To celebrate the International Day for Biodiversity, environmental organisations organised the first biodiversity march in Brussels on Sunday. Some three hundred people took part in the march.
The march for biodiversity was organised by Stop Ecocide, Greenpeace, Canopea, Rise For Climate, Youth for Climate, Climate Justice for Rosa, Fondation Européenne pour le droit du vivant, Extinction Rebellion, and Grandparents for Climate.
Organisers are calling for a more ambitious definition of ecocide to be included in Belgian legislation.
"We regularly demonstrate for the climate, but the biodiversity crisis is also very serious and closely linked to the climate crisis. Measures such as the recognition of ecocide in the criminal code are necessary to slow down this trend," said Ruth-Marie Henckes, biodiversity expert at Greenpeace.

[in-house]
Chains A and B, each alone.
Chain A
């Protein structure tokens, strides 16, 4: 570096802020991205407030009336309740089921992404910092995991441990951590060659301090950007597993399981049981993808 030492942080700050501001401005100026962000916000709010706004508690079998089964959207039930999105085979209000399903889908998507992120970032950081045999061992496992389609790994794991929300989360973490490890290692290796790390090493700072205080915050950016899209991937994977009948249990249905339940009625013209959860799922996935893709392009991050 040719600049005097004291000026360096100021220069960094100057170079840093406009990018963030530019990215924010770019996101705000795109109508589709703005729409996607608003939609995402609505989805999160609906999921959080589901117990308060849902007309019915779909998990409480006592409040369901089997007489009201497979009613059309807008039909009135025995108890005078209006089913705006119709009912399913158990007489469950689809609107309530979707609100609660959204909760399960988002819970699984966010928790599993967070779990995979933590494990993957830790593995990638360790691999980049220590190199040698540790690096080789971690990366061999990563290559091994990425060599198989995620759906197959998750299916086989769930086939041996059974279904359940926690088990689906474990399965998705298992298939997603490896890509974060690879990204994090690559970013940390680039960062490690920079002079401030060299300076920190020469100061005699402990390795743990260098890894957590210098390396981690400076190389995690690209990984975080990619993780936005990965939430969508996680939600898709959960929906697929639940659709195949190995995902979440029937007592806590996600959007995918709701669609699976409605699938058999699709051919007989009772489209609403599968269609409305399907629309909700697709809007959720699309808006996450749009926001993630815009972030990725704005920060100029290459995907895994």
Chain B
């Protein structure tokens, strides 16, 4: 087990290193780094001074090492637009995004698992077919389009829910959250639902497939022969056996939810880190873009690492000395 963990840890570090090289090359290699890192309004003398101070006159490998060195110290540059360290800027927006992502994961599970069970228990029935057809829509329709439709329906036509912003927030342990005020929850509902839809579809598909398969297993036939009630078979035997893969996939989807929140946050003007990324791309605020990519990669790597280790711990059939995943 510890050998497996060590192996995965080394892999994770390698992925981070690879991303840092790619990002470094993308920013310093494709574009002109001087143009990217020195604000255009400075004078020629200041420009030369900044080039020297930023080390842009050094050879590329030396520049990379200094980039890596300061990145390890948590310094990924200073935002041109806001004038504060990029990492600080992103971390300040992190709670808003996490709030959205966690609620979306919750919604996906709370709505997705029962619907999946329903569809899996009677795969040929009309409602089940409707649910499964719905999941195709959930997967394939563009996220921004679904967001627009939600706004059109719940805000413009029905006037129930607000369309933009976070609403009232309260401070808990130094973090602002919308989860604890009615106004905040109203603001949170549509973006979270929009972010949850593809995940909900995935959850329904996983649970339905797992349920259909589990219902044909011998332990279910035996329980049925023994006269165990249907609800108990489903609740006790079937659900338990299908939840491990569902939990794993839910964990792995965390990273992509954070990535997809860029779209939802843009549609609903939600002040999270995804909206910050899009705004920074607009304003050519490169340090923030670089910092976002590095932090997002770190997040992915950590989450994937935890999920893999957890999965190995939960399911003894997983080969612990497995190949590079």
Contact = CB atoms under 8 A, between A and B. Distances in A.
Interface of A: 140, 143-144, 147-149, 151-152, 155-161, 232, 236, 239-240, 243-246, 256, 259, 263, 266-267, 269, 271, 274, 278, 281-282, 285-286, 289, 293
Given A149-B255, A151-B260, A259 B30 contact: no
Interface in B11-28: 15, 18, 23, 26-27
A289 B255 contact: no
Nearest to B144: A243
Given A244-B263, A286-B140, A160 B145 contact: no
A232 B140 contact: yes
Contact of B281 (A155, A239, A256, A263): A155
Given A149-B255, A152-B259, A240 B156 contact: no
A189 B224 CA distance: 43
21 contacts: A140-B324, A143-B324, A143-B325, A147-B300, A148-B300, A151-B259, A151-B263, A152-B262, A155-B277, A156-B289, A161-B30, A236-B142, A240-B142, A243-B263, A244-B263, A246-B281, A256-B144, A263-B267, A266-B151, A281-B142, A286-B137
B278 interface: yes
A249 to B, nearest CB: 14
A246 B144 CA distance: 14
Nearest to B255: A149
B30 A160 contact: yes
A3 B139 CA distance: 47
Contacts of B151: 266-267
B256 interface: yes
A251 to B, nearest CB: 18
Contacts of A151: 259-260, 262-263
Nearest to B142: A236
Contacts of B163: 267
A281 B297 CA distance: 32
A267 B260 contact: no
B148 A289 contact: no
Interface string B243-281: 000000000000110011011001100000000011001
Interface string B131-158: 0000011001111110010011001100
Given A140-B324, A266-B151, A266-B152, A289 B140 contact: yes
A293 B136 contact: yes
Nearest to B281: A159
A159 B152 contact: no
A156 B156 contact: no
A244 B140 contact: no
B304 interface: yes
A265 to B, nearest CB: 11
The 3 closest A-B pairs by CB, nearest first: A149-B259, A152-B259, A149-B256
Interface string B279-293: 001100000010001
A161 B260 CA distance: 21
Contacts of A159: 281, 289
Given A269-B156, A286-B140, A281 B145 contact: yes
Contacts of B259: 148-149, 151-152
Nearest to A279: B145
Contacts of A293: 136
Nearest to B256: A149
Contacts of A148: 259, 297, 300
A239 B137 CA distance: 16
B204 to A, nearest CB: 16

"Ecocide is the destruction of an ecosystem, or the infliction of irreparable damage," Henckes points out. "By including ecocide in the criminal code, prison sentences can be pronounced for damage to the climate or an ecosystem."
Justice Minister Vincent Van Quickenborne (Open VLD) included ecocide as a crime in the new penal code last year, "but actually it's not quite there yet," Henckes says. "The proposal still has to be advised by the Council of State, which checks the legality of the proposal. After that, it will still go to parliament."
"The government's definition of ecocide is very limited. It is only about deliberate damage, but the major ecocides in the world are rather a result of a lack of precaution," Henckes believes.
The Greenpeace expert points out that parliament already endorsed a resolution in 2021 where the definition of ecocide is "much more ambitious and matches our definition of ecocide". Henckes therefore hopes to find an ally in parliament to further raise the ambition for ecocide.